Kyle M. answered • 02/10/19

Certified Educator with Masters, Tutoring 3rd Grade Through College

When dealing with percentages, we must be careful to reveal all the details - however insignificant you believe they are - as the context of the problem can make a difference. Nonetheless, I can assume for now that 93 things are only 62% of the entire set of things, and we can use the given information to find the total number of things in the whole group. I mention the distinction because, for example, a score of 93 on a "norm-based" test could be "higher than 62%" of the other scores, but I will assume this was not an aspect of your scenario.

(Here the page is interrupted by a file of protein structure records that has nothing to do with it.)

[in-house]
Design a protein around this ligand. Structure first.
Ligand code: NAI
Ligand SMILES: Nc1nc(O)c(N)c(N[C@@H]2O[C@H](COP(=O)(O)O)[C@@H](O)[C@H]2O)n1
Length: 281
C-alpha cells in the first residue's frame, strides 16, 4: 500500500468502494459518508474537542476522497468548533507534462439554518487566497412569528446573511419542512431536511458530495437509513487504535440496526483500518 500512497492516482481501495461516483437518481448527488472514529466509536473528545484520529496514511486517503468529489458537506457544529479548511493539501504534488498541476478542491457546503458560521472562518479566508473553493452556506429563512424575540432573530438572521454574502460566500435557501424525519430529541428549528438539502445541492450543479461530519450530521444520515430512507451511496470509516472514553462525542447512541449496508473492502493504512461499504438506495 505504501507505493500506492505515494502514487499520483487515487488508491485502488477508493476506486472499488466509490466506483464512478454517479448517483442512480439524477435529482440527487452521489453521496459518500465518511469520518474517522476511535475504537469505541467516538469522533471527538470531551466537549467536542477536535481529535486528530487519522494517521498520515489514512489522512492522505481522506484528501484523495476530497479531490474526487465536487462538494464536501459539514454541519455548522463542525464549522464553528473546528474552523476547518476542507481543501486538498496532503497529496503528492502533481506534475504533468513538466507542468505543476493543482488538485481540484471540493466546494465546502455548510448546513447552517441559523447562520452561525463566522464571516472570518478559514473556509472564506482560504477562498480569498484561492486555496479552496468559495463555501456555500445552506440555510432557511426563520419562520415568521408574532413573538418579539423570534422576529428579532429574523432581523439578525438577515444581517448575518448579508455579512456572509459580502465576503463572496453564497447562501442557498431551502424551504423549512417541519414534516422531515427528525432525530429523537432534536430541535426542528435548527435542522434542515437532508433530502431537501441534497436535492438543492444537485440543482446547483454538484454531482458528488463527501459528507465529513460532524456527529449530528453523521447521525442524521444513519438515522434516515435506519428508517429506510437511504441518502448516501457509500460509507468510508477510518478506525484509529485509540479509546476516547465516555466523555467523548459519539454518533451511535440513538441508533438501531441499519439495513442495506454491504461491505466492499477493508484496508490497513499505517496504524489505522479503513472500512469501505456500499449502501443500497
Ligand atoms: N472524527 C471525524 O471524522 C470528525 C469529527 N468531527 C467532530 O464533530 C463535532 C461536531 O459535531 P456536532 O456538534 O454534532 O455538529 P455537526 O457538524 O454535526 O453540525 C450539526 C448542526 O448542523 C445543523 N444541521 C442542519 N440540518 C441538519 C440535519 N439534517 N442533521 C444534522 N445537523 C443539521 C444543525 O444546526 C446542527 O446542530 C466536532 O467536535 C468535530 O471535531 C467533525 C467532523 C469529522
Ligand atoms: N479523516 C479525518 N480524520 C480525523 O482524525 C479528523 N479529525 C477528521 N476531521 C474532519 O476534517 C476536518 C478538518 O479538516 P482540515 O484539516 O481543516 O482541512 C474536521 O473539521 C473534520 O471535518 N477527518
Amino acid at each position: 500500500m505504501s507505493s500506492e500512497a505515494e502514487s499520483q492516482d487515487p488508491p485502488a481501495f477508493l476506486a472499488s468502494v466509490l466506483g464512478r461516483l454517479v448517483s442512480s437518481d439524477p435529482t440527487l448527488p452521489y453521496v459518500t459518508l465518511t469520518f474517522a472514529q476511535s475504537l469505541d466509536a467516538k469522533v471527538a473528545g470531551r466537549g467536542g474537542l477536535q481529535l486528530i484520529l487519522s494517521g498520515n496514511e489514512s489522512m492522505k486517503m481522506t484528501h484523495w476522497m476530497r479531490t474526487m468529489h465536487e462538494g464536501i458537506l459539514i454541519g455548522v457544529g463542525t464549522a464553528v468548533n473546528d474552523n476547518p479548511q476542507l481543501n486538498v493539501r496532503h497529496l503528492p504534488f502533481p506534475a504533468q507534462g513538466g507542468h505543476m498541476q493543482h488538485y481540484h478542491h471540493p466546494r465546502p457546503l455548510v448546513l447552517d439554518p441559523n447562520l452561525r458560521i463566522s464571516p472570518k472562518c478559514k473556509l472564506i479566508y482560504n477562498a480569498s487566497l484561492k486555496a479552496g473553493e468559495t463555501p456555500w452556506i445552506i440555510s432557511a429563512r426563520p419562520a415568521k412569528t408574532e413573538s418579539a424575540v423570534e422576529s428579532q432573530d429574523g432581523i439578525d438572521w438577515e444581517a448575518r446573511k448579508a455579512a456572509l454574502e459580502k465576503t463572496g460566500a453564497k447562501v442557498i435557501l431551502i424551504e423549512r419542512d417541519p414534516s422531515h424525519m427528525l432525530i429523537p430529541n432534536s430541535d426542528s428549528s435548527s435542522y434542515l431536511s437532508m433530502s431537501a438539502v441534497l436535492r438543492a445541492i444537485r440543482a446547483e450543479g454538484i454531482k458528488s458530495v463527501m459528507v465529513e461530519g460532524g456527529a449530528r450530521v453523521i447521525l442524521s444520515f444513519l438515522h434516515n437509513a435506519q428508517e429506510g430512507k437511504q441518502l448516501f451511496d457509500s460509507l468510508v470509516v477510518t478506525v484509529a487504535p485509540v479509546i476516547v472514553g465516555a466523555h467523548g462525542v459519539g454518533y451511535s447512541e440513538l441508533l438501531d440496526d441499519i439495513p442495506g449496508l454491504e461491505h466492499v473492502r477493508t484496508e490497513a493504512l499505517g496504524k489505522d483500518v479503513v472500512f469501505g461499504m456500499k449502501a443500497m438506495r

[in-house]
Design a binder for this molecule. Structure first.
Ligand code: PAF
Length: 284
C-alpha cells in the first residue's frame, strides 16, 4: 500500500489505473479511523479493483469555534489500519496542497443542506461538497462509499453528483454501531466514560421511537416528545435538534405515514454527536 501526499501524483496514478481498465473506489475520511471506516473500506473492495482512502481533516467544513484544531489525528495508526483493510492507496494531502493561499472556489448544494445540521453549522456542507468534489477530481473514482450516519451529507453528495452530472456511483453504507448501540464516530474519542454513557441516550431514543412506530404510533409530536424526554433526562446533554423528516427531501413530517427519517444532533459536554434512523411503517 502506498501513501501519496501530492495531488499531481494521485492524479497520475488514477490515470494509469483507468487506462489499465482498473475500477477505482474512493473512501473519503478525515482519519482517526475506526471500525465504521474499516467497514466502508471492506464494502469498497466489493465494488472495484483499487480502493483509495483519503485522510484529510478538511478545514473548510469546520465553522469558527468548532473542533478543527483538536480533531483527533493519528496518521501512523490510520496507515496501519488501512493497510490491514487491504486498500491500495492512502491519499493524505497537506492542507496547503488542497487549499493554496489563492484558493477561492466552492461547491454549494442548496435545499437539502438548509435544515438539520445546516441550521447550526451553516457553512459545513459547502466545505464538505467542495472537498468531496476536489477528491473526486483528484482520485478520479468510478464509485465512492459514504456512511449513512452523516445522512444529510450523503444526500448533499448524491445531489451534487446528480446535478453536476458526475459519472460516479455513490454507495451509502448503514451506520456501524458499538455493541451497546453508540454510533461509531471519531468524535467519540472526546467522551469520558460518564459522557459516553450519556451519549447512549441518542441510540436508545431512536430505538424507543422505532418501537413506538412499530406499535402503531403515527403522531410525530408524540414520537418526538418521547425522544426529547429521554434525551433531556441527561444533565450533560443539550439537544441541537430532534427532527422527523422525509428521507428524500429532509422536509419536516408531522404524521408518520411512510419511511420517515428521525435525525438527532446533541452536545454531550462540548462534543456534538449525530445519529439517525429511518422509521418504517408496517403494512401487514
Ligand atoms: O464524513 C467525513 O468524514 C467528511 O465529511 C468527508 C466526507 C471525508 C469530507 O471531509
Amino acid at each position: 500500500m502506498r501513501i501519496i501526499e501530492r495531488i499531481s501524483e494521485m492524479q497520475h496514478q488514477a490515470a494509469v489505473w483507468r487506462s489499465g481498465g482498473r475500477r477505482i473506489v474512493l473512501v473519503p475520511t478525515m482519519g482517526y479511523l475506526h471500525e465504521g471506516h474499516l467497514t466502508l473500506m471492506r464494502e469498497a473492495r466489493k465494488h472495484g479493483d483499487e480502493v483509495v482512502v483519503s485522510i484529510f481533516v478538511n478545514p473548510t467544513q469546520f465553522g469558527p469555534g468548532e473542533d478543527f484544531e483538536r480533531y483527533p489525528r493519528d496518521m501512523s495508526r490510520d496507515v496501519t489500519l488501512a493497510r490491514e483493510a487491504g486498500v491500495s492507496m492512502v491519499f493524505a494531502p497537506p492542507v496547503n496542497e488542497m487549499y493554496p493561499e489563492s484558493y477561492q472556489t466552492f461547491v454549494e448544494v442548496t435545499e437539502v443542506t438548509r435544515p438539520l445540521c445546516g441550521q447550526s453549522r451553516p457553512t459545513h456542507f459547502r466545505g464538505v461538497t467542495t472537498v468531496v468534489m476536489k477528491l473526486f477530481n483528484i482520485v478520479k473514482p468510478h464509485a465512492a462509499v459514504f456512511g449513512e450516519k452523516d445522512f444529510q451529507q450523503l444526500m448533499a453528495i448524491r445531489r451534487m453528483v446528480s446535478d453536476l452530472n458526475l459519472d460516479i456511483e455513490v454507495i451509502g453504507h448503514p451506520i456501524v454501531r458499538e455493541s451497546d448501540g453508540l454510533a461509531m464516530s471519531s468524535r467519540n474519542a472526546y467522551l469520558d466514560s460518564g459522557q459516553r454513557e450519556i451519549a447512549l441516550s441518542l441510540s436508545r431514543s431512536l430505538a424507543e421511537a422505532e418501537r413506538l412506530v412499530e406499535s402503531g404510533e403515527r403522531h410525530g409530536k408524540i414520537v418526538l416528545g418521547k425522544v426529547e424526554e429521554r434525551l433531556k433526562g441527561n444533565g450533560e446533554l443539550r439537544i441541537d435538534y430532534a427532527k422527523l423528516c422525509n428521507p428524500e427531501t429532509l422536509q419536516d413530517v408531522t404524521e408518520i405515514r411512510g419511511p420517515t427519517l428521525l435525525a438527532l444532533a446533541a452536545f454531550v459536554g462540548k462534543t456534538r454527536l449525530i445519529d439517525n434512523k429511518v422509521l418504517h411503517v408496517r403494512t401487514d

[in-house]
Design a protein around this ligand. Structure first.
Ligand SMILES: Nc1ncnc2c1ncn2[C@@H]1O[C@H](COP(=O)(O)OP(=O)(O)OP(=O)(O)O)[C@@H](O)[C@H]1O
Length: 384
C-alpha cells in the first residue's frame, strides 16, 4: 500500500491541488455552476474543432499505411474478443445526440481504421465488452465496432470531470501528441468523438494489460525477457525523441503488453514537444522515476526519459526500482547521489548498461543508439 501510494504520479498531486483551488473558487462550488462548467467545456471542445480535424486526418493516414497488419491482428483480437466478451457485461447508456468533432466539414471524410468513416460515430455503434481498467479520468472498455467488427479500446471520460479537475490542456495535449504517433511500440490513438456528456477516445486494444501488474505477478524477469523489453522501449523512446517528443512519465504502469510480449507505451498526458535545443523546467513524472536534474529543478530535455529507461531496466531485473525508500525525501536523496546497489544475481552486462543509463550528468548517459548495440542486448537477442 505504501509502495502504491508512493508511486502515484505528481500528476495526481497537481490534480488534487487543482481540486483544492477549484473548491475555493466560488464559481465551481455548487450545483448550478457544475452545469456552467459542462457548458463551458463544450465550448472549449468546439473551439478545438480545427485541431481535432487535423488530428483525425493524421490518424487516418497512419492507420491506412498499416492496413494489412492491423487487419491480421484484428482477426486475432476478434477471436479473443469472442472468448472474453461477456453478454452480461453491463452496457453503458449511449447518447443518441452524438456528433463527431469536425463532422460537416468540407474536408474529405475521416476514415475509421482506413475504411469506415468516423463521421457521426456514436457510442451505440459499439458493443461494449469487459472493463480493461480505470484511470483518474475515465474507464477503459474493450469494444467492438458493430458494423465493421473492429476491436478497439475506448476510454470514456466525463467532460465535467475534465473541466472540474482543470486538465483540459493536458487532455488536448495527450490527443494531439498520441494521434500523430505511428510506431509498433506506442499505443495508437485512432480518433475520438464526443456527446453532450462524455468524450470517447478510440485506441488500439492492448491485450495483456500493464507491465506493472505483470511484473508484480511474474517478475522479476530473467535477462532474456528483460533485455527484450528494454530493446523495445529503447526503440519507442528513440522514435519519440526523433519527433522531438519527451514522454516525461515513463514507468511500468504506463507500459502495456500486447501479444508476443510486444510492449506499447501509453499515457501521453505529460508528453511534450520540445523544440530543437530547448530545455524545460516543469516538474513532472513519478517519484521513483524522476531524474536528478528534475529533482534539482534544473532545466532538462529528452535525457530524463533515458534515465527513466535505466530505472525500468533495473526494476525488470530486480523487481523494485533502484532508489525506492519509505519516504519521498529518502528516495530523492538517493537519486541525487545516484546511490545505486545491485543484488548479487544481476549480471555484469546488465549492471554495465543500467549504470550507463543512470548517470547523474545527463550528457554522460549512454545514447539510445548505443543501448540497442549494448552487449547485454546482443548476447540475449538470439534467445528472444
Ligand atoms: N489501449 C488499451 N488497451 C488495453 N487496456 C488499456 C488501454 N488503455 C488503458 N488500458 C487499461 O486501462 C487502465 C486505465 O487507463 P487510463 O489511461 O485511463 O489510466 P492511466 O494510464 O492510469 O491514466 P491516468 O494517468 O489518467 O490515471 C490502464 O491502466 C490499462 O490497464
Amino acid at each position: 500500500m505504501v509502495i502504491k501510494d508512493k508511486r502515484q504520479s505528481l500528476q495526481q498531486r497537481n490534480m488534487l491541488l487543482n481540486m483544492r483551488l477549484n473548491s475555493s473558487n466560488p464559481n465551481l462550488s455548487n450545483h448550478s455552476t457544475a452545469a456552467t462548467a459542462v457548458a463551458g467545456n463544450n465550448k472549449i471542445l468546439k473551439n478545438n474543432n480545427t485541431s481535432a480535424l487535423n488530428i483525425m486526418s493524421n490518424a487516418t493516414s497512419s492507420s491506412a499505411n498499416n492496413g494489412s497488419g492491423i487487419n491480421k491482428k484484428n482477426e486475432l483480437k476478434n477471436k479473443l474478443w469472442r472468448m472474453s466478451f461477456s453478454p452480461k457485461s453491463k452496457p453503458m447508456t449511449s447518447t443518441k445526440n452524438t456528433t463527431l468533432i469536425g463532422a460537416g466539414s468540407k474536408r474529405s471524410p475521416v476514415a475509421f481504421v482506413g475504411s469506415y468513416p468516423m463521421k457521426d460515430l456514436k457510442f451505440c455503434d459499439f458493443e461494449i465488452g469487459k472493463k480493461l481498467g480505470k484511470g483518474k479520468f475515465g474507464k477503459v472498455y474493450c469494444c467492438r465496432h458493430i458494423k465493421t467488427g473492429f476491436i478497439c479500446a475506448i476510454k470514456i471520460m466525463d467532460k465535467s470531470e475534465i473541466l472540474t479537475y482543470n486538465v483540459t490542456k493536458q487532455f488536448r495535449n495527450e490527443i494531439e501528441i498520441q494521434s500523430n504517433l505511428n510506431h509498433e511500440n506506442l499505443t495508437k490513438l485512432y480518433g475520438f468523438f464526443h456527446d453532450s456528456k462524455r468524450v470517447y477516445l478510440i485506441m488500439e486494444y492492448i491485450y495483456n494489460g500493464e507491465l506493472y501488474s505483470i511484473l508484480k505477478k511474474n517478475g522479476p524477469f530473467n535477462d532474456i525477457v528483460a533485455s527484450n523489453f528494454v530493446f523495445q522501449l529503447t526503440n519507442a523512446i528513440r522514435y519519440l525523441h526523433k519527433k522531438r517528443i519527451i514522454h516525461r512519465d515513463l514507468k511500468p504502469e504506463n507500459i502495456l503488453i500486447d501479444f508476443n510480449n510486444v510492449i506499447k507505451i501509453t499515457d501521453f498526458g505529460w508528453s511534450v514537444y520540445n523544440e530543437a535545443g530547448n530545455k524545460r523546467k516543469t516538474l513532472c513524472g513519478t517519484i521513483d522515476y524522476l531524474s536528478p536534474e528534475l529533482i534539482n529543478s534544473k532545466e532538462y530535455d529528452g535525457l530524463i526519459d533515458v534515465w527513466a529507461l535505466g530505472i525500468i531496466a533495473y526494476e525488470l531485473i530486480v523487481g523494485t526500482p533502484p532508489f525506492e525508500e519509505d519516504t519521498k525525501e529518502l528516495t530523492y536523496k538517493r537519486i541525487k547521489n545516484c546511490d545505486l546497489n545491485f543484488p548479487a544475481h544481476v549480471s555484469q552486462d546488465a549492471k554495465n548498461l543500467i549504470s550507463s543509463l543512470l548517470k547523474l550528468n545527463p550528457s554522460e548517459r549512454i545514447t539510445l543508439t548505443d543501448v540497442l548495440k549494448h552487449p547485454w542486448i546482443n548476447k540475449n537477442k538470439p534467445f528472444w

To find the population of an entire group using a known lesser amount and its percentage, simply divide the known number (in this case 93) by the percentage associated with that number (in this case 62%). Because 62% is less than 1, this will divide into the number more than 93 times. The result is the number of 62 percents there are in 93, which is the amount in the entire group of things. I hope that makes sense!

David W.

02/10/19